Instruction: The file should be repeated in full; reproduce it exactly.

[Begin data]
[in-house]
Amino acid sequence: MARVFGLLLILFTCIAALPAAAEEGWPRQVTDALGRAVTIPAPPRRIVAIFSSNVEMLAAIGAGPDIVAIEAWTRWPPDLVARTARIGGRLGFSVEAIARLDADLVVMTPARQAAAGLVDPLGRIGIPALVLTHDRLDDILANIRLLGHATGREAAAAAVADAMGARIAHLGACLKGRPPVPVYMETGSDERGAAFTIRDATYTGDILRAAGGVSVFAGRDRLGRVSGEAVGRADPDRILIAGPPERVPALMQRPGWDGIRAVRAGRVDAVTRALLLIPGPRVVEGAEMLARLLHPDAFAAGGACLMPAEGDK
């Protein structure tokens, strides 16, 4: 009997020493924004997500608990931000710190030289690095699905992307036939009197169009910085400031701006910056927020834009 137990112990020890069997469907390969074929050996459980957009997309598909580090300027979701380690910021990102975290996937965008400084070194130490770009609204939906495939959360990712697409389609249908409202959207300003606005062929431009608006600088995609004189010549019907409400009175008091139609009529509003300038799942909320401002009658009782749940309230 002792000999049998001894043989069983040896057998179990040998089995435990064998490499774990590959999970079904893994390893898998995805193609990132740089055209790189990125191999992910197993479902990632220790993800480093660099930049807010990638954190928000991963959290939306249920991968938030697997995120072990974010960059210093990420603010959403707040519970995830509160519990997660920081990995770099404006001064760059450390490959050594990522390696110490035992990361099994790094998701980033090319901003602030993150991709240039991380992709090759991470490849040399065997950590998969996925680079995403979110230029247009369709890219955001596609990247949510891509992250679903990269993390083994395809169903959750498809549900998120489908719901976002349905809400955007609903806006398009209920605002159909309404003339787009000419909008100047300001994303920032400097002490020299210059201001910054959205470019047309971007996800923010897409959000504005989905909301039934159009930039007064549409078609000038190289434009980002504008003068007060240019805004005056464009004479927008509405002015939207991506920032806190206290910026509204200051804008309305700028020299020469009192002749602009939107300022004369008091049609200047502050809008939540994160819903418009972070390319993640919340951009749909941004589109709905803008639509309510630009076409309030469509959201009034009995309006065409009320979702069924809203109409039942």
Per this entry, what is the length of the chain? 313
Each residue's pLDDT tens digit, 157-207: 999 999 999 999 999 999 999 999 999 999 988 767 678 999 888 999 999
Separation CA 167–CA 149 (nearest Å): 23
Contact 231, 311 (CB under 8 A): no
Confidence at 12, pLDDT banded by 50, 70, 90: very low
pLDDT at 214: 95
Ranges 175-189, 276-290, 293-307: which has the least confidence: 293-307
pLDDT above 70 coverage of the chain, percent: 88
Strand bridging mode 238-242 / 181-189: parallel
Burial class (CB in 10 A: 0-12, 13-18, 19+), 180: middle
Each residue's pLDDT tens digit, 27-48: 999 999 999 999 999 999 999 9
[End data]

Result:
[in-house]
Amino acid sequence: MARVFGLLLILFTCIAALPAAAEEGWPRQVTDALGRAVTIPAPPRRIVAIFSSNVEMLAAIGAGPDIVAIEAWTRWPPDLVARTARIGGRLGFSVEAIARLDADLVVMTPARQAAAGLVDPLGRIGIPALVLTHDRLDDILANIRLLGHATGREAAAAAVADAMGARIAHLGACLKGRPPVPVYMETGSDERGAAFTIRDATYTGDILRAAGGVSVFAGRDRLGRVSGEAVGRADPDRILIAGPPERVPALMQRPGWDGIRAVRAGRVDAVTRALLLIPGPRVVEGAEMLARLLHPDAFAAGGACLMPAEGDK
């Protein structure tokens, strides 16, 4: 009997020493924004997500608990931000710190030289690095699905992307036939009197169009910085400031701006910056927020834009 137990112990020890069997469907390969074929050996459980957009997309598909580090300027979701380690910021990102975290996937965008400084070194130490770009609204939906495939959360990712697409389609249908409202959207300003606005062929431009608006600088995609004189010549019907409400009175008091139609009529509003300038799942909320401002009658009782749940309230 002792000999049998001894043989069983040896057998179990040998089995435990064998490499774990590959999970079904893994390893898998995805193609990132740089055209790189990125191999992910197993479902990632220790993800480093660099930049807010990638954190928000991963959290939306249920991968938030697997995120072990974010960059210093990420603010959403707040519970995830509160519990997660920081990995770099404006001064760059450390490959050594990522390696110490035992990361099994790094998701980033090319901003602030993150991709240039991380992709090759991470490849040399065997950590998969996925680079995403979110230029247009369709890219955001596609990247949510891509992250679903990269993390083994395809169903959750498809549900998120489908719901976002349905809400955007609903806006398009209920605002159909309404003339787009000419909008100047300001994303920032400097002490020299210059201001910054959205470019047309971007996800923010897409959000504005989905909301039934159009930039007064549409078609000038190289434009980002504008003068007060240019805004005056464009004479927008509405002015939207991506920032806190206290910026509204200051804008309305700028020299020469009192002749602009939107300022004369008091049609200047502050809008939540994160819903418009972070390319993640919340951009749909941004589109709905803008639509309510630009076409309030469509959201009034009995309006065409009320979702069924809203109409039942």
Per this entry, what is the length of the chain? 313
Each residue's pLDDT tens digit, 157-207: 999 999 999 999 999 999 999 999 999 999 988 767 678 999 888 999 999
Separation CA 167–CA 149 (nearest Å): 23
Contact 231, 311 (CB under 8 A): no
Confidence at 12, pLDDT banded by 50, 70, 90: very low
pLDDT at 214: 95
Ranges 175-189, 276-290, 293-307: which has the least confidence: 293-307
pLDDT above 70 coverage of the chain, percent: 88
Strand bridging mode 238-242 / 181-189: parallel
Burial class (CB in 10 A: 0-12, 13-18, 19+), 180: middle
Each residue's pLDDT tens digit, 27-48: 999 999 999 999 999 999 999 9